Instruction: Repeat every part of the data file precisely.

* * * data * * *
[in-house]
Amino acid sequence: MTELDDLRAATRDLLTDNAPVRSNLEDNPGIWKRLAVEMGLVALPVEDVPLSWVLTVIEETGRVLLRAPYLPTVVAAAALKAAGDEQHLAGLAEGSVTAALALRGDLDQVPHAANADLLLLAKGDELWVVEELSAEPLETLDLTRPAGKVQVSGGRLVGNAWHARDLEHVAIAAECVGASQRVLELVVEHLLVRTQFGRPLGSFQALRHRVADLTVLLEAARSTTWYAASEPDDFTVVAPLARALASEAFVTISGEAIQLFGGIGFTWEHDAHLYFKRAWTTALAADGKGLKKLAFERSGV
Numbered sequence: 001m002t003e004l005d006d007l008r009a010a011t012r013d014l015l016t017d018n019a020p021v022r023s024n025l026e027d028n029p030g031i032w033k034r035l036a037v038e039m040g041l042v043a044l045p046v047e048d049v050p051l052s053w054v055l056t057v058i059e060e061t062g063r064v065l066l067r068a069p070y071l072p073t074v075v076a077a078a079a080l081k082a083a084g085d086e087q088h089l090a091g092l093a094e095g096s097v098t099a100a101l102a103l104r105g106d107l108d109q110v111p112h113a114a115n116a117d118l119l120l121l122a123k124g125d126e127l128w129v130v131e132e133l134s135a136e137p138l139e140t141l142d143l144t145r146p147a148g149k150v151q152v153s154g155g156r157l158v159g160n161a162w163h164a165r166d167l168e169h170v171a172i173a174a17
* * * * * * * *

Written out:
[in-house]
Amino acid sequence: MTELDDLRAATRDLLTDNAPVRSNLEDNPGIWKRLAVEMGLVALPVEDVPLSWVLTVIEETGRVLLRAPYLPTVVAAAALKAAGDEQHLAGLAEGSVTAALALRGDLDQVPHAANADLLLLAKGDELWVVEELSAEPLETLDLTRPAGKVQVSGGRLVGNAWHARDLEHVAIAAECVGASQRVLELVVEHLLVRTQFGRPLGSFQALRHRVADLTVLLEAARSTTWYAASEPDDFTVVAPLARALASEAFVTISGEAIQLFGGIGFTWEHDAHLYFKRAWTTALAADGKGLKKLAFERSGV
Numbered sequence: 001m002t003e004l005d006d007l008r009a010a011t012r013d014l015l016t017d018n019a020p021v022r023s024n025l026e027d028n029p030g031i032w033k034r035l036a037v038e039m040g041l042v043a044l045p046v047e048d049v050p051l052s053w054v055l056t057v058i059e060e061t062g063r064v065l066l067r068a069p070y071l072p073t074v075v076a077a078a079a080l081k082a083a084g085d086e087q088h089l090a091g092l093a094e095g096s097v098t099a100a101l102a103l104r105g106d107l108d109q110v111p112h113a114a115n116a117d118l119l120l121l122a123k124g125d126e127l128w129v130v131e132e133l134s135a136e137p138l139e140t141l142d143l144t145r146p147a148g149k150v151q152v153s154g155g156r157l158v159g160n161a162w163h164a165r166d167l168e169h170v171a172i173a174a17